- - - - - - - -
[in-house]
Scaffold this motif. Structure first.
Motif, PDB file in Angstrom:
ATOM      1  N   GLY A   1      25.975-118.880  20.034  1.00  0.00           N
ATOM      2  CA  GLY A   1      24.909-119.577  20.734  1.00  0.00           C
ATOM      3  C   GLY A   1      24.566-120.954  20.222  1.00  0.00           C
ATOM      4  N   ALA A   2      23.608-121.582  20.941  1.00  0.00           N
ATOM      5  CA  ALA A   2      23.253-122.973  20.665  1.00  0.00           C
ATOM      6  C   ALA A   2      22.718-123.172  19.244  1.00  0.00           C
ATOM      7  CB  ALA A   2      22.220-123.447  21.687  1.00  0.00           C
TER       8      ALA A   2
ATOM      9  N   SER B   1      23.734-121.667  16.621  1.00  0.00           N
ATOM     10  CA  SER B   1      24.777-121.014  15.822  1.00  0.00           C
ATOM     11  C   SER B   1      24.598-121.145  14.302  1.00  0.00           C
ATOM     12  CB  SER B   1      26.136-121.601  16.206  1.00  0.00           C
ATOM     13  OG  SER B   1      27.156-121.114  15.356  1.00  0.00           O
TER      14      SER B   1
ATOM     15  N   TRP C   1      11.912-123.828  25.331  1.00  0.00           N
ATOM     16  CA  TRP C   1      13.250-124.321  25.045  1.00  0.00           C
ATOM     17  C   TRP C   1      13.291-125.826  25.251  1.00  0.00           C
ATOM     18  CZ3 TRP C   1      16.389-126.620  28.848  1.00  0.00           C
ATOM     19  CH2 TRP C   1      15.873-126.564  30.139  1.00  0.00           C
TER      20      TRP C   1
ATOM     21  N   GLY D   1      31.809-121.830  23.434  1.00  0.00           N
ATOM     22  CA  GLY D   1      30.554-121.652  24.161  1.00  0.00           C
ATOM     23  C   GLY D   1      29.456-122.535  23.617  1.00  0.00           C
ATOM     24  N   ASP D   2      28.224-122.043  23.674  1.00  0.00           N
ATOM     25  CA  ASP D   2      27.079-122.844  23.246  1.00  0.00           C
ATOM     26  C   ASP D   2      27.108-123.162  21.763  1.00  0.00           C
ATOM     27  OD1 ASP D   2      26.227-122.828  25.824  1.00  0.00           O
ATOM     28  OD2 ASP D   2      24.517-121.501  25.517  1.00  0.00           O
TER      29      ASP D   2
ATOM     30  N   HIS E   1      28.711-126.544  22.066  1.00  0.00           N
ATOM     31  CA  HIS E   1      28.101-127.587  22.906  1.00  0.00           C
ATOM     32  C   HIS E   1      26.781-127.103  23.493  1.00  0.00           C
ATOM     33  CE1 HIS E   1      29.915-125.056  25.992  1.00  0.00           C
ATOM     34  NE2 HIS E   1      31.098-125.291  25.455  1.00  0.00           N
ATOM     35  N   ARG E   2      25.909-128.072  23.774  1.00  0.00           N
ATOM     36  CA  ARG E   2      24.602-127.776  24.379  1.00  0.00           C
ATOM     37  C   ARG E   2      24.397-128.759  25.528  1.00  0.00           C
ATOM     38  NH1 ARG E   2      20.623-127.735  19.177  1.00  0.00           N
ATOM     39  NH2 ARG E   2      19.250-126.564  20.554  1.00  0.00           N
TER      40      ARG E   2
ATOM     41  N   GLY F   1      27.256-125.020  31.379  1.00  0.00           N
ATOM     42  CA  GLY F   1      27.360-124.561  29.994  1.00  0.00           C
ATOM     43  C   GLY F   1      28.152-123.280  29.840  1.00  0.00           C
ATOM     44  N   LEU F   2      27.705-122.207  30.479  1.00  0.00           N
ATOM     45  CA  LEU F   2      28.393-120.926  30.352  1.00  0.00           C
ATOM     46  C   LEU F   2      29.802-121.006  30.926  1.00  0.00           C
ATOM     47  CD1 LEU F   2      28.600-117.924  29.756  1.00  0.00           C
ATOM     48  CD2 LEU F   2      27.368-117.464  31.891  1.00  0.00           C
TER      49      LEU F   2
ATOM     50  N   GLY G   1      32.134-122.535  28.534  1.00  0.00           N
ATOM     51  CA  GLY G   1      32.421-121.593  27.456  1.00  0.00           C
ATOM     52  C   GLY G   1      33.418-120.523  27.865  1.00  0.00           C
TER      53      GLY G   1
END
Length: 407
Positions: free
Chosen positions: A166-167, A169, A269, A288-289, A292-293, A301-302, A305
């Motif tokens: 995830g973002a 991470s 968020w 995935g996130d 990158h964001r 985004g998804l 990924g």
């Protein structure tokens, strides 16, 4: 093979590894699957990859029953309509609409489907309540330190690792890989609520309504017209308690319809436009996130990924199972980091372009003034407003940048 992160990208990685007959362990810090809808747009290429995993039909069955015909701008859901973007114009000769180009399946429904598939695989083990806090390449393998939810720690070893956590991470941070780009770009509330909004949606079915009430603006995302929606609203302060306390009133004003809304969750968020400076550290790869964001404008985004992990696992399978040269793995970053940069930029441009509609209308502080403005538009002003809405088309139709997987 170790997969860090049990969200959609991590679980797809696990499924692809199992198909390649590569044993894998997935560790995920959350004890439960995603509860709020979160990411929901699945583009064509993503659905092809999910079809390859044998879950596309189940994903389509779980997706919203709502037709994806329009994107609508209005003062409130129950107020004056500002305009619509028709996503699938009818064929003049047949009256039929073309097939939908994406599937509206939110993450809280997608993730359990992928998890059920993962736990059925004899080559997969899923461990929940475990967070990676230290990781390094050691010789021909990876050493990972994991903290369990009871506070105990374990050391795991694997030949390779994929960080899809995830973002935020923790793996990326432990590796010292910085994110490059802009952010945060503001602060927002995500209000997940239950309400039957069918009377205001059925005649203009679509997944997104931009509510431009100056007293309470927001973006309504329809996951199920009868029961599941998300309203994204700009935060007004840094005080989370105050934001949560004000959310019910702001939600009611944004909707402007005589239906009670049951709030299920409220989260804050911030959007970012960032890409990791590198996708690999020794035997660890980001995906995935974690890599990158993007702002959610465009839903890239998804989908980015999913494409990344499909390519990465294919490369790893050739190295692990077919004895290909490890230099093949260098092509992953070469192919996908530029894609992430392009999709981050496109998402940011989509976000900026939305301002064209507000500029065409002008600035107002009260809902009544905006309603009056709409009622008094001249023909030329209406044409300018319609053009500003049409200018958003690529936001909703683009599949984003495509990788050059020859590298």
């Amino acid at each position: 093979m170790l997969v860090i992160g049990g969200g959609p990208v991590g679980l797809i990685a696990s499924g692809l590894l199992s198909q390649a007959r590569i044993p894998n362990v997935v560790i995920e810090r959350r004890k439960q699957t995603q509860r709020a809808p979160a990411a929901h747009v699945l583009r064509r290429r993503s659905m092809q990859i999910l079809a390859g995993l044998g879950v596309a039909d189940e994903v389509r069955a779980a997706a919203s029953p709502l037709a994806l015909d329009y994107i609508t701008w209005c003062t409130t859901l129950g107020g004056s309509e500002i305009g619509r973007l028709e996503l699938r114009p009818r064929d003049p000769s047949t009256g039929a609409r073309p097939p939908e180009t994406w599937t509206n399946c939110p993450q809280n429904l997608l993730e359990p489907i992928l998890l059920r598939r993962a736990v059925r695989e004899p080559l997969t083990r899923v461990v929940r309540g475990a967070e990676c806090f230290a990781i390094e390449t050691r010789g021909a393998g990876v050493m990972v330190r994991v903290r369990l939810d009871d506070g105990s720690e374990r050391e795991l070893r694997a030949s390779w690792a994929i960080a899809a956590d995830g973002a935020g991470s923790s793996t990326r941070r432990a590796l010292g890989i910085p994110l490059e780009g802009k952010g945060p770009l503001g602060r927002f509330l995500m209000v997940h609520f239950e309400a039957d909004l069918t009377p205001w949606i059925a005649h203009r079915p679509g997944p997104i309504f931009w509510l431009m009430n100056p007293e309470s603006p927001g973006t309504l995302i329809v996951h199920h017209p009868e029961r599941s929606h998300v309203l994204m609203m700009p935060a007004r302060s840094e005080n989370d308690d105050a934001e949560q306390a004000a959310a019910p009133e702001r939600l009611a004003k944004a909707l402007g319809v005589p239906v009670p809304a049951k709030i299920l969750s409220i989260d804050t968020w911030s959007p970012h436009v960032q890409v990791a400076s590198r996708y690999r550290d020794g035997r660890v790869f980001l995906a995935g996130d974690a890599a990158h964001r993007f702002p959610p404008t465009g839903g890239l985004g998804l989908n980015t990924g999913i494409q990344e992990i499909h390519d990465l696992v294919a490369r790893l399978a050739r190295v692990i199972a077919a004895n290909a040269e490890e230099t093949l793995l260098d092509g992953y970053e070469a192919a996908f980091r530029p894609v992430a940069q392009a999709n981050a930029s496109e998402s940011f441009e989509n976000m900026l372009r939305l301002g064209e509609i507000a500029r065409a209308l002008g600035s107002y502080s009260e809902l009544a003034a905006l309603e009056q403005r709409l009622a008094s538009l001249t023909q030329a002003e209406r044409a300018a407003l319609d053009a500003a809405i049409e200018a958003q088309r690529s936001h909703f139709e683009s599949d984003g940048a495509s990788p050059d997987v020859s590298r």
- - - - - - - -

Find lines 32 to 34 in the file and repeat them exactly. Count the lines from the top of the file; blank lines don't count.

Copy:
TER      29      ASP D   2
ATOM     30  N   HIS E   1      28.711-126.544  22.066  1.00  0.00           N
ATOM     31  CA  HIS E   1      28.101-127.587  22.906  1.00  0.00           C